As of the census of 2000, there were 11,385 people, 4,273 households, and 2,969 families residing in the city. The population density was 2,473.7 people per square mile (955.6/km²). There were 4,423 housing units at an average density of 961.0 per square mile (371.2/km²). The racial makeup of the city was 88.63% White, 0.48% African American, 0.40% Native American, 4.62% Asian, 0.18% Pacific Islander, 2.15% from other races, and 3.53% from two or more races. Hispanic or Latino of any race were 6.40% of the population.
There were 4,273 households out of which 36.4% had children under the age of 18 living with them, 58.3% were married couples living together, 7.9% had a female householder with no husband present, and 30.5% were non-families. 23.4% of all households were made up of individuals and 11.6% had someone living alone who was 65 years of age or older. The average household size was 2.56 and the average family size was 3.05.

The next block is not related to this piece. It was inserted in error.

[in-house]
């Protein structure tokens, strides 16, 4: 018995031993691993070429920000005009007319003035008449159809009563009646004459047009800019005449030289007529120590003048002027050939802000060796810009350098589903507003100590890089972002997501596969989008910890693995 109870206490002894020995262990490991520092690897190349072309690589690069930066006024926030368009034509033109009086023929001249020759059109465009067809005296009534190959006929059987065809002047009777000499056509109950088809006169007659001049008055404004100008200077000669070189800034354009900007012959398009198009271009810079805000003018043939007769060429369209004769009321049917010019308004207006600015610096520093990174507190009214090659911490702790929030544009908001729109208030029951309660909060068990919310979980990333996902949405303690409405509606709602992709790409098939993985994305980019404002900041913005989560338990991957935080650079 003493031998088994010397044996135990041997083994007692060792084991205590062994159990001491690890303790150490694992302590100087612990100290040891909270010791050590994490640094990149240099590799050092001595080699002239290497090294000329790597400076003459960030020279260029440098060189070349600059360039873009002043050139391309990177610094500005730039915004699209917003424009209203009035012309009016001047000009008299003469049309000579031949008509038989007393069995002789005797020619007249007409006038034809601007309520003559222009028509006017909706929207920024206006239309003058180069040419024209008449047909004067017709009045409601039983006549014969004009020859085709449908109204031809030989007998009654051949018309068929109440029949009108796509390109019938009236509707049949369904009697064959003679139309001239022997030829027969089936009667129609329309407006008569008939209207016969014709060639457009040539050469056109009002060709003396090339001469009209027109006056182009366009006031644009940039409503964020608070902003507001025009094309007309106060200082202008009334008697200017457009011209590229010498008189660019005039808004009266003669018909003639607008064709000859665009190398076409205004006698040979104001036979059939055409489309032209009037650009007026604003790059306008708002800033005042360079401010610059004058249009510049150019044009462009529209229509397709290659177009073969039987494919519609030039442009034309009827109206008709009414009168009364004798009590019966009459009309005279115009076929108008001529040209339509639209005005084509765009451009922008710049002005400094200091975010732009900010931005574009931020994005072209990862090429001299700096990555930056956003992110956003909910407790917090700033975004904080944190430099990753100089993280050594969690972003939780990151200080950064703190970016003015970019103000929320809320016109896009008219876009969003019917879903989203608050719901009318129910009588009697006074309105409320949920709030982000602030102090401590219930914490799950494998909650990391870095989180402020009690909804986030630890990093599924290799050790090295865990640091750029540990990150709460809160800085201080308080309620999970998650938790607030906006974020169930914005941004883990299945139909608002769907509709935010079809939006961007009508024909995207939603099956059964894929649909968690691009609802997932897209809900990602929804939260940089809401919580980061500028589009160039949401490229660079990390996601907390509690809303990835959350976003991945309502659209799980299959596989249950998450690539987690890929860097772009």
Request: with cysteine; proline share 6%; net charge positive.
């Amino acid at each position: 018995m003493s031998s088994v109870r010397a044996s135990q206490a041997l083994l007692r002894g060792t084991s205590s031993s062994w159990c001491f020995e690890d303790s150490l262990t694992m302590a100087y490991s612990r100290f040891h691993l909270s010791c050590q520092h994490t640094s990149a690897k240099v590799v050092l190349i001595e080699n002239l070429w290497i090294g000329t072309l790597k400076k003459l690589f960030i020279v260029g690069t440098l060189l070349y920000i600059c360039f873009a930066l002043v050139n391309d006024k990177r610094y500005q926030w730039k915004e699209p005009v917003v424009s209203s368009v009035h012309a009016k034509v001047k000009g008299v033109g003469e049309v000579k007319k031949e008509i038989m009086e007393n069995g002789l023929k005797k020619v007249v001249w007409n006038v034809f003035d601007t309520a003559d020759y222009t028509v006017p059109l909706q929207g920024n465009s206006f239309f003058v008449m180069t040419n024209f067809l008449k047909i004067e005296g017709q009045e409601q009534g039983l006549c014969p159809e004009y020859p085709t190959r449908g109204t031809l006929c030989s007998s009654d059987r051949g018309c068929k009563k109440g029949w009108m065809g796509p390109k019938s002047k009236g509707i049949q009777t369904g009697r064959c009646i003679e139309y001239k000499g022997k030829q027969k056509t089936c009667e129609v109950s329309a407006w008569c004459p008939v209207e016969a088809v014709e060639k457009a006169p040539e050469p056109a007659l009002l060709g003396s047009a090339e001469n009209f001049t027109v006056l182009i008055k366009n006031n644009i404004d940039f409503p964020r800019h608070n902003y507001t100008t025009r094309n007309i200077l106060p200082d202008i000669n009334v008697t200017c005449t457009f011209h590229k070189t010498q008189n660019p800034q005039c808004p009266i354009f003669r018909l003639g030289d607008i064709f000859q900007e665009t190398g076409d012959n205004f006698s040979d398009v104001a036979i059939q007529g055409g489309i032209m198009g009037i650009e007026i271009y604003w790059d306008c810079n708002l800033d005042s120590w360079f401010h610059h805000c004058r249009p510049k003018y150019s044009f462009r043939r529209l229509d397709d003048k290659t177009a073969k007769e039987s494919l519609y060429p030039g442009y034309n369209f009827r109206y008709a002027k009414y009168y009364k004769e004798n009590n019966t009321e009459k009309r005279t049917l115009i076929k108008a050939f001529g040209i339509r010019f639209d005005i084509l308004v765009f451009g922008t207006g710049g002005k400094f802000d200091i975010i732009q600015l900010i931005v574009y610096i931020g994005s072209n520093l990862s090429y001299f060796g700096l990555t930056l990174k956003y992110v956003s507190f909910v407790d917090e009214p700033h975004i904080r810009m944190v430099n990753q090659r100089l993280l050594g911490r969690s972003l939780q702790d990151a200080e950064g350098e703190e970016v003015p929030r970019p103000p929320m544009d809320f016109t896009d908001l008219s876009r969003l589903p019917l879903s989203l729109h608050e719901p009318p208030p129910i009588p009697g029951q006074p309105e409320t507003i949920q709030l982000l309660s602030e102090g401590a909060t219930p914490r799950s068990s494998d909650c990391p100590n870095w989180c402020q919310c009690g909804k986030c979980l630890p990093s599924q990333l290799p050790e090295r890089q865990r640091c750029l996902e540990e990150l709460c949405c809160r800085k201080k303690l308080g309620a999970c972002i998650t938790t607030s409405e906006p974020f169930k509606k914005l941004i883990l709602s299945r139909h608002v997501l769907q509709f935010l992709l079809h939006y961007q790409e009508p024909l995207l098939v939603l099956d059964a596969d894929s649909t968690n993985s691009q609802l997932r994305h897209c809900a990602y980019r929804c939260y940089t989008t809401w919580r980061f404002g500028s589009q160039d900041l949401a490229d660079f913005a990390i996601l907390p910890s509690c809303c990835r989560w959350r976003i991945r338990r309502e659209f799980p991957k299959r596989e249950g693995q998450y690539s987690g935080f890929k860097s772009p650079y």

In the city, the population was spread out with 25.8% under the age of 18, 7.0% from 18 to 24, 30.2% from 25 to 44, 23.2% from 45 to 64, and 13.8% who were 65 years of age or older. The median age was 38 years. For every 100 females there were 94.9 males. For every 100 females age 18 and over, there were 90.6 males.
The median income for a household in the city was $72,449, and the median income for a family was $88,573. Males had a median income of $74,183 versus $40,492 for females. The per capita income for the city was $35,684. About 0.9% of families and 2.5% of the population were below the poverty line, including 1.2% of those under age 18 and 4.0% of those age 65 or over.
Scotts Valley is known to be home of The BarnThe Barn, a coffee house with a large area for concerts. In the '60s Janis Joplin, Grateful Dead performed in the Barn. Merry Pranksters and Ken Kesey used to show up there, as described in detail in the last chapter of Tom Wolfe’s book The Electric Kool-Aid Acid Test.
Santa's Village was an amusement park in the '60s, located near highway 17, on which site later Borland campus was built.
Geography and environment
Scotts Valley is in the west hills of the Santa Cruz Mountains, centered at Missing latitude in Module:Coordinates.formatTest()